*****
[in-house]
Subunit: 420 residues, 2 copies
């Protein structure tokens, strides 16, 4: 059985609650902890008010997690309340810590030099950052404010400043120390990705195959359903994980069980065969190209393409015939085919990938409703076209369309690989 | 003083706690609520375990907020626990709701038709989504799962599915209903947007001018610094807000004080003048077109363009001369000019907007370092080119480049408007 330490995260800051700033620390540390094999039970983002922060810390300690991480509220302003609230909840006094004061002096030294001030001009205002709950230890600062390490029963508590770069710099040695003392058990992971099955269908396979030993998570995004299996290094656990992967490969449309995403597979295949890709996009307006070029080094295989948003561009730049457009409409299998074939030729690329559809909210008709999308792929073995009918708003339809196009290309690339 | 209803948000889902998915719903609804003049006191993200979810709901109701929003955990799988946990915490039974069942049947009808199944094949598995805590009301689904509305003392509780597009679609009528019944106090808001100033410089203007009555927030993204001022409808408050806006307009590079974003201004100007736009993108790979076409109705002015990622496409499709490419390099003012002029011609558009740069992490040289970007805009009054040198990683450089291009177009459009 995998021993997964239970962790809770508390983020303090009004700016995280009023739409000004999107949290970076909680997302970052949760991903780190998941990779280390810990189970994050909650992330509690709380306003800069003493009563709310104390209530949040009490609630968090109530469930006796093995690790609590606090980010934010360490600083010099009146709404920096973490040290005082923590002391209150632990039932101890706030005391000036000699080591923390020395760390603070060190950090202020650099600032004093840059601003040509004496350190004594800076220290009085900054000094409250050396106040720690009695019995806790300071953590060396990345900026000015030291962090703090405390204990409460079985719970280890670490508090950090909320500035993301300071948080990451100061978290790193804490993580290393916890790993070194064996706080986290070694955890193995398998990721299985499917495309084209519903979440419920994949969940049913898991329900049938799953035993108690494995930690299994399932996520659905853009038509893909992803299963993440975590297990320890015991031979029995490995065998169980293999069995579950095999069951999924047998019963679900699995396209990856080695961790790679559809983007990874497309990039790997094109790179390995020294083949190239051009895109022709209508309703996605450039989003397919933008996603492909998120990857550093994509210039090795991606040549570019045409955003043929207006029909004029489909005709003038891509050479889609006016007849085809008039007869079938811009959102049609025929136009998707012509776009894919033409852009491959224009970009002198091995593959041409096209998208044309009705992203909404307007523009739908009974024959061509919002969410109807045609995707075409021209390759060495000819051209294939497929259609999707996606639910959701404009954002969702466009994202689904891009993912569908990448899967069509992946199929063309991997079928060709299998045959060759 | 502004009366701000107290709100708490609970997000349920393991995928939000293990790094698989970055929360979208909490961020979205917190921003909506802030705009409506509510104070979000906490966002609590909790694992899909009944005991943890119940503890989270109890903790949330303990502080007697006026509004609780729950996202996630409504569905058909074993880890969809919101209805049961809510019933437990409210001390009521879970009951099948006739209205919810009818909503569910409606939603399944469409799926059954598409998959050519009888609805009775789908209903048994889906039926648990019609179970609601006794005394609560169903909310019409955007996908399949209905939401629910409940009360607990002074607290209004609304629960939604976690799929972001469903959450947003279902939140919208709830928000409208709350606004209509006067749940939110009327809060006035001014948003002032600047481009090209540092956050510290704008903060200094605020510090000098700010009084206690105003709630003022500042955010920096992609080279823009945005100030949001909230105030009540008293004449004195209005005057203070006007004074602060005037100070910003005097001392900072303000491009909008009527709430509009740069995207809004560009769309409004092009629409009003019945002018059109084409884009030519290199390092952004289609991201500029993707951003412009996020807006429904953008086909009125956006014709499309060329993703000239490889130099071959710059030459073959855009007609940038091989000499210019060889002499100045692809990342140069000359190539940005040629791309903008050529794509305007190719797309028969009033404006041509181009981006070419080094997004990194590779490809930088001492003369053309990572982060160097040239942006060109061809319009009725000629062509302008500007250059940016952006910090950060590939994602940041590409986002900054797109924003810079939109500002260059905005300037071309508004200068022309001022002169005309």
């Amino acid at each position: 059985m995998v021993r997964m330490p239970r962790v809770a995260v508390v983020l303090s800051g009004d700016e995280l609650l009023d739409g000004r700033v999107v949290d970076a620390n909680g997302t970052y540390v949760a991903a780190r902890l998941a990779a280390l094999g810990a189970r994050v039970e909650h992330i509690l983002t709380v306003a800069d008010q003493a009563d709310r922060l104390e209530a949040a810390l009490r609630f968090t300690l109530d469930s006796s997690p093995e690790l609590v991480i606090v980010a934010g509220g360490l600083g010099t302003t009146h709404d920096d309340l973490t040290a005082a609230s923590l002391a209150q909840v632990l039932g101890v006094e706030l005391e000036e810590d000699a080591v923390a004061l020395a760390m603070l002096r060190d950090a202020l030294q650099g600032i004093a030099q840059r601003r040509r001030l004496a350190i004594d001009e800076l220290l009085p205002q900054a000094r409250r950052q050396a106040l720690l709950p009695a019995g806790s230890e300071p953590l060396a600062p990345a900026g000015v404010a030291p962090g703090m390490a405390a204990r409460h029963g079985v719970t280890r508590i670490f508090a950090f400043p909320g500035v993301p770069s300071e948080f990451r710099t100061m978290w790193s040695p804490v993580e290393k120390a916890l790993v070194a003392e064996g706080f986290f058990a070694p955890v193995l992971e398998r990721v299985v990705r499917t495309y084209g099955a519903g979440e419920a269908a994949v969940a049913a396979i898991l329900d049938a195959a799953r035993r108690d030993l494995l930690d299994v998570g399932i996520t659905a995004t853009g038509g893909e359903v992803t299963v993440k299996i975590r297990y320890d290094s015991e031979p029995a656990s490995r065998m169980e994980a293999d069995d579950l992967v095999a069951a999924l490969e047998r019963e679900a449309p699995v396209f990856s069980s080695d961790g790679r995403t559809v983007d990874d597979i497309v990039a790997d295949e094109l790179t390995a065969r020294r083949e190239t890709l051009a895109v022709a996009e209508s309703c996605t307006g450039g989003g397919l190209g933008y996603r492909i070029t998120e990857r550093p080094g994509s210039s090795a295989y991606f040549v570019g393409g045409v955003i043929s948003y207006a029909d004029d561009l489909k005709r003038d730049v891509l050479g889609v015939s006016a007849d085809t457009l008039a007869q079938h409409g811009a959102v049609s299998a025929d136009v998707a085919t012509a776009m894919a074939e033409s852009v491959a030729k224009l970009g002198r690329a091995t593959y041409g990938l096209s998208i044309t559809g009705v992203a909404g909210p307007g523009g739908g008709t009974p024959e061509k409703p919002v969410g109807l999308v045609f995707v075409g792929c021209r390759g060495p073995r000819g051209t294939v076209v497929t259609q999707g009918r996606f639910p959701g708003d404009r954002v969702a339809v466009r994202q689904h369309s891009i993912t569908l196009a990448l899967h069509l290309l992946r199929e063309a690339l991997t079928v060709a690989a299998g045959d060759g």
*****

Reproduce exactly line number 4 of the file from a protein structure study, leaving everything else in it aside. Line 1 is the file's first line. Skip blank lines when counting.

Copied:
């Amino acid at each position: 059985m995998v021993r997964m330490p239970r962790v809770a995260v508390v983020l303090s800051g009004d700016e995280l609650l009023d739409g000004r700033v999107v949290d970076a620390n909680g997302t970052y540390v949760a991903a780190r902890l998941a990779a280390l094999g810990a189970r994050v039970e909650h992330i509690l983002t709380v306003a800069d008010q003493a009563d709310r922060l104390e209530a949040a810390l009490r609630f968090t300690l109530d469930s006796s997690p093995e690790l609590v991480i606090v980010a934010g509220g360490l600083g010099t302003t009146h709404d920096d309340l973490t040290a005082a609230s923590l002391a209150q909840v632990l039932g101890v006094e706030l005391e000036e810590d000699a080591v923390a004061l020395a760390m603070l002096r060190d950090a202020l030294q650099g600032i004093a030099q840059r601003r040509r001030l004496a350190i004594d001009e800076l220290l009085p205002q900054a000094r409250r950052q050396a106040l720690l709950p009695a019995g806790s230890e300071p953590l060396a600062p990345a900026g000015v404010a030291p962090g703090m390490a405390a204990r409460h029963g079985v719970t280890r508590i670490f508090a950090f400043p909320g500035v993301p770069s300071e948080f990451r710099t100061m978290w790193s040695p804490v993580e290393k120390a916890l790993v070194a003392e064996g706080f986290f058990a070694p955890v193995l992971e398998r990721v299985v990705r499917t495309y084209g099955a519903g979440e419920a269908a994949v969940a049913a396979i898991l329900d049938a195959a799953r035993r108690d030993l494995l930690d299994v998570g399932i996520t659905a995004t853009g038509g893909e359903v992803t299963v993440k299996i975590r297990y320890d290094s015991e031979p029995a656990s490995r065998m169980e994980a293999d069995d579950l992967v095999a069951a999924l490969e047998r019963e679900a449309p699995v396209f990856s069980s080695d961790g790679r995403t559809v983007d990874d597979i497309v990039a790997d295949e094109l790179t390995a065969r020294r083949e190239t890709l051009a895109v022709a996009e209508s309703c996605t307006g450039g989003g397919l190209g933008y996603r492909i070029t998120e990857r550093p080094g994509s210039s090795a295989y991606f040549v570019g393409g045409v955003i043929s948003y207006a029909d004029d561009l489909k005709r003038d730049v891509l050479g889609v015939s006016a007849d085809t457009l008039a007869q079938h409409g811009a959102v049609s299998a025929d136009v998707a085919t012509a776009m894919a074939e033409s852009v491959a030729k224009l970009g002198r690329a091995t593959y041409g990938l096209s998208i044309t559809g009705v992203a909404g909210p307007g523009g739908g008709t009974p024959e061509k409703p919002v969410g109807l999308v045609f995707v075409g792929c021209r390759g060495p073995r000819g051209t294939v076209v497929t259609q999707g009918r996606f639910p959701g708003d404009r954002v969702a339809v466009r994202q689904h369309s891009i993912t569908l196009a990448l899967h069509l290309l992946r199929e063309a690339l991997t079928v060709a690989a299998g045959d060759g």